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by lee klein | March 4, 2014 | Food & Drink
Cvi.che 105’s Ceviche Ganador brings peppery depth to the Peruvian favorite.
Cvi.che 105’s winning Ceviche Ganador is garnished with choclo (jumbo Peruvian corn kernels), cancha (Andean roasted corn nuts), and a rectangle of sweet potato.
It took only 25 minutes for Juan Chipoco to create what he now calls Ceviche Ganador, one of the most popular items on his menu. It occurred around midnight, as he and Cvi.che 105 partner Luis Hoyos arrived at their restaurant after returning from a trip to Peru. They needed to prepare for a ceviche competition at Sugarcane Raw Bar Grill the next day. “It’s late, but I have to come up with something different,” Chipoco told Hoyos. “I have to catch attention.” So he combined a bit of “this, this, and this,” made a reduction from a medley of peppers, and nailed his entry on the first try. “The taste was amazing.”
The Secrets of Citrus
Chipoco attributes the unique quality of this ceviche to the ingredients. The corvina and much of the shellfish are imported from Lima, as are the choclo (jumbo Peruvian corn kernels) and aji limo. The real difference, however, derives from the citrus. “The lime has to be perfect,” the chef cautions. The ones he uses come from Peru, which are smaller, juicier, and more flavorful than those grown in the States. “If you squeeze a lime from around here, the ceviche can be bitter, and that’s no good.” Neither is overmaceration. “We cut the fish and squeeze the lime on top for one minute. That’s it.”
The pristine corvina and much of the shellfish are imported from Lima, adding a unique flavor.
Chipoco briskly slices pristine corvina into bite-size cubes that are placed into a stainless steel bowl with chilled, lightly cooked shrimp, calamari, and octopus. He raises his right hand high to orchestrate dashes of sea salt, then likewise with black pepper. A spirited squeeze of fresh limes follows, and next a ladle of the pale-pink reduction sauce derived from a pair of pungent peppers—aji limo and rocoto—with smoky aji panca contributing depth. This soft-hued liquid disconcertingly resembles Russian dressing, which makes its addition seem like splashing graffiti onto the sacred stones of Machu Picchu. But vibrant juices from the citrus and ceviche (leche de tigre) thin the sauce to a watercolor of pastel piquancy; the fresh seafood notes remain bright and staccato.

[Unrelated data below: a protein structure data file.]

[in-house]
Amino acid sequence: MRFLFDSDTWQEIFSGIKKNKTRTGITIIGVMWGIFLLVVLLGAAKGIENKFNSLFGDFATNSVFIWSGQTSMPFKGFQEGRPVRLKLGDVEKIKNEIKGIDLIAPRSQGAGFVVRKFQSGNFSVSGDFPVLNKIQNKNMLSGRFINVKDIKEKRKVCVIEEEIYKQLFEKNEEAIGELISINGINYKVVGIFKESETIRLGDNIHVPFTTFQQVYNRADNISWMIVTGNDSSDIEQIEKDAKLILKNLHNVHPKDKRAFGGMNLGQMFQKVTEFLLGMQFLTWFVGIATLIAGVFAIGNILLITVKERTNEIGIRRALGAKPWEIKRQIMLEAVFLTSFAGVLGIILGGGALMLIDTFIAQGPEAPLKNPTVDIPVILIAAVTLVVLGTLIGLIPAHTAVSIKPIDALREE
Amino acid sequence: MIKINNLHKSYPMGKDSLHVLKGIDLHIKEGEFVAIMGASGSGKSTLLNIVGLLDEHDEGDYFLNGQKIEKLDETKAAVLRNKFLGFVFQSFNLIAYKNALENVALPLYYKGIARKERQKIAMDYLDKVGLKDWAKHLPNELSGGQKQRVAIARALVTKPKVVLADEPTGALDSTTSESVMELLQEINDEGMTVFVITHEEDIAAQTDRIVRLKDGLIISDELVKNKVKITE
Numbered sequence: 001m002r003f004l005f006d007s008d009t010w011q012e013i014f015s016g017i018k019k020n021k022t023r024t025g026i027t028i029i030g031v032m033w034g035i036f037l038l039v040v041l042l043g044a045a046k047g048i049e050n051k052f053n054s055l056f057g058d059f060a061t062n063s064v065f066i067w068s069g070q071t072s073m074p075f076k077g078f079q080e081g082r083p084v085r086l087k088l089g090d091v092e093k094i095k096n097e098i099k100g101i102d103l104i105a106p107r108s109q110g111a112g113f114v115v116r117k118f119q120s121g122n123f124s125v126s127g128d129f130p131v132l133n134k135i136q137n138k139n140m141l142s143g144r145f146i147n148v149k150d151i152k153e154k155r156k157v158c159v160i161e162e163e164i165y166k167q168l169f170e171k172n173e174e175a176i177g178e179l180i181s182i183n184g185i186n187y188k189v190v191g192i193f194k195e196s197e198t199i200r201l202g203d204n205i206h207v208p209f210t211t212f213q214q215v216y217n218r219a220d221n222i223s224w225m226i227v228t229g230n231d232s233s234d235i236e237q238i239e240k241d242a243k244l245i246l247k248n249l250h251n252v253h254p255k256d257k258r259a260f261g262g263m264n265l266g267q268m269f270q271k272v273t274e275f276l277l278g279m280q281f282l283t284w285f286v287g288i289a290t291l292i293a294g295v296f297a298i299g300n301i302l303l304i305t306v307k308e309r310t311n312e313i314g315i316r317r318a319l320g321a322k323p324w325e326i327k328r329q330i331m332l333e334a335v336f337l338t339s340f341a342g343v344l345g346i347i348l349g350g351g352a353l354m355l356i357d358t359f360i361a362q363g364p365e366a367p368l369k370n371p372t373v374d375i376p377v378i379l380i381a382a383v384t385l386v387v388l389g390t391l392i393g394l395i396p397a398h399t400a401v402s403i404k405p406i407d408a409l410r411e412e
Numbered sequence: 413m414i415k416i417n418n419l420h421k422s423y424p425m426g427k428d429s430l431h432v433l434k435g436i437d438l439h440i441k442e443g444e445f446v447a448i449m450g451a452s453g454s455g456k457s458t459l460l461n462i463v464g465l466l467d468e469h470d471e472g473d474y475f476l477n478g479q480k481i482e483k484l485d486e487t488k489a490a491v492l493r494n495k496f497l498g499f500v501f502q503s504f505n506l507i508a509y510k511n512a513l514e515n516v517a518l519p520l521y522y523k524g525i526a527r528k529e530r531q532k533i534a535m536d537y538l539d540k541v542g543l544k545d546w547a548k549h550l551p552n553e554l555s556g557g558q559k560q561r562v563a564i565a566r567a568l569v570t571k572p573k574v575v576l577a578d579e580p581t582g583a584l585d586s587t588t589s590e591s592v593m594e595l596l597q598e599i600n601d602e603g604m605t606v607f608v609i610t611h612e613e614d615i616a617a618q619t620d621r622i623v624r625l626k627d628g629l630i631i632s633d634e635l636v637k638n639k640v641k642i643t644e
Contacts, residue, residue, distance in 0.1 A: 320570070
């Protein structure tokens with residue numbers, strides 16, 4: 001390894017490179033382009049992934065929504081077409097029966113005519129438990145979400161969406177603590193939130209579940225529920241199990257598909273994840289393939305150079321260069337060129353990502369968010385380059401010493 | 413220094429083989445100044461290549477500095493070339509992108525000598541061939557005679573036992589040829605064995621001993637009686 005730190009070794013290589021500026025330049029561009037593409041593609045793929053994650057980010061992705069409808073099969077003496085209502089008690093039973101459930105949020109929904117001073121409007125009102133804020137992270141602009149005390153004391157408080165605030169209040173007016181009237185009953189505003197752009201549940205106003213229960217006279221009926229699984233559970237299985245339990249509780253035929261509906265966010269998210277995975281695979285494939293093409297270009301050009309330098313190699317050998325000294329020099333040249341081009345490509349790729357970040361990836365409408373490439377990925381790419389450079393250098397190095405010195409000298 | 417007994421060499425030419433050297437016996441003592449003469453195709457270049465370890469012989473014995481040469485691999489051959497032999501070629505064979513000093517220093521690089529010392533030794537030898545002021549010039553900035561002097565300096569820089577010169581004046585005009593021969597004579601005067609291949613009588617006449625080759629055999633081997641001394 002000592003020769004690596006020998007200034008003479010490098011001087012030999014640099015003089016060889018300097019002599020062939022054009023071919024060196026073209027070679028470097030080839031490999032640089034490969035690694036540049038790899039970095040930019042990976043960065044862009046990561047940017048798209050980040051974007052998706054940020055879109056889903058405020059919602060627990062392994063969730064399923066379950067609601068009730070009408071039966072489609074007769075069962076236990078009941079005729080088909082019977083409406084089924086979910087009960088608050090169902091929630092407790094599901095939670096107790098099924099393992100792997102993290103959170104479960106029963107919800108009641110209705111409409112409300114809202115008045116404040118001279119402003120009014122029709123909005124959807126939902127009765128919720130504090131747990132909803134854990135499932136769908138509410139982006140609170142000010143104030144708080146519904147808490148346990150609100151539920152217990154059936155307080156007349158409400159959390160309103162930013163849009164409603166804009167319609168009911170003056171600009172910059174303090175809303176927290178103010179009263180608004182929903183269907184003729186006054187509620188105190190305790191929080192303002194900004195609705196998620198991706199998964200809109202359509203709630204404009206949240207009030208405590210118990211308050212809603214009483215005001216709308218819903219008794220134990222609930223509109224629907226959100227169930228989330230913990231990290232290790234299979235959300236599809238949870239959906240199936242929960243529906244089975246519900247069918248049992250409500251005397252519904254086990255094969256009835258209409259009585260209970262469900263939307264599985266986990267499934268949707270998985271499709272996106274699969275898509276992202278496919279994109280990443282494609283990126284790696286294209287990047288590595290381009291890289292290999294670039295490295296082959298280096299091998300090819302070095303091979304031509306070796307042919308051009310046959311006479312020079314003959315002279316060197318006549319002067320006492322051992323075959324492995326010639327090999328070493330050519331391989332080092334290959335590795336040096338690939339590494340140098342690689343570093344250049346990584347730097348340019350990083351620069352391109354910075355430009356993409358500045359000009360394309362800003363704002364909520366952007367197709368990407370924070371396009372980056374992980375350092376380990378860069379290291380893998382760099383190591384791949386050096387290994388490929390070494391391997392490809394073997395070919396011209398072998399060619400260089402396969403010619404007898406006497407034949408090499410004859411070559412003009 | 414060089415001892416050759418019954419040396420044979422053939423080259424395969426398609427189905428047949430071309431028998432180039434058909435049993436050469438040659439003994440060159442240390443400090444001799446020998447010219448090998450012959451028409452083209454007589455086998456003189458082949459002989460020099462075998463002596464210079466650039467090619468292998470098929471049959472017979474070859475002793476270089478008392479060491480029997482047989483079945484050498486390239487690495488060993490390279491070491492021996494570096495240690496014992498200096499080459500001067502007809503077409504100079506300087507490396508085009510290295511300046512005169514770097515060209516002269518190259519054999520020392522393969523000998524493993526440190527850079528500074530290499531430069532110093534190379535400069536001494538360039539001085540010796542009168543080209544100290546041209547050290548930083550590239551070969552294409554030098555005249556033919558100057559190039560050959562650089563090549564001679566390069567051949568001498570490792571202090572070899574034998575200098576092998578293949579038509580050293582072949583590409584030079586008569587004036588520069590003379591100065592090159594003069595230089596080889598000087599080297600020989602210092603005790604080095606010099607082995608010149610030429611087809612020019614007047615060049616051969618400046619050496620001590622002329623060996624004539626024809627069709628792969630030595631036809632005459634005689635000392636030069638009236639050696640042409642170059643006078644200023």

After placing a generous serving of ceviche in the center of a plate, Chipoco gently sprinkles chopped cilantro and wisps of red onion along the top. The mélange is further garnished with plump mussels, choclo, crunchy cancha (the Andean version of roasted corn nuts), and a neat rectangle of sweet potato cooked with a glaze of orange juice, cloves, and honey. “This makes it even sweeter in order to balance the citrus.”
Juan Chipoco assembling a plate of his ceviche, which has quickly become one of the most popular dishes on the menu at Cvi.che 105.
And the Winner Is...
While the other 11 contending chefs at the ceviche competition each presented 10 samples of their entry—one per judge—Chipoco prepared a single platter for them to share. “Oh my God, I was so embarrassed,” he says. The shame didn’t last long. The judges’ verdict led him to name his ceviche ganador, which translates to “winner.” 105 NE Third Ave., Miami, 305-577-3454
photography by gesi schilling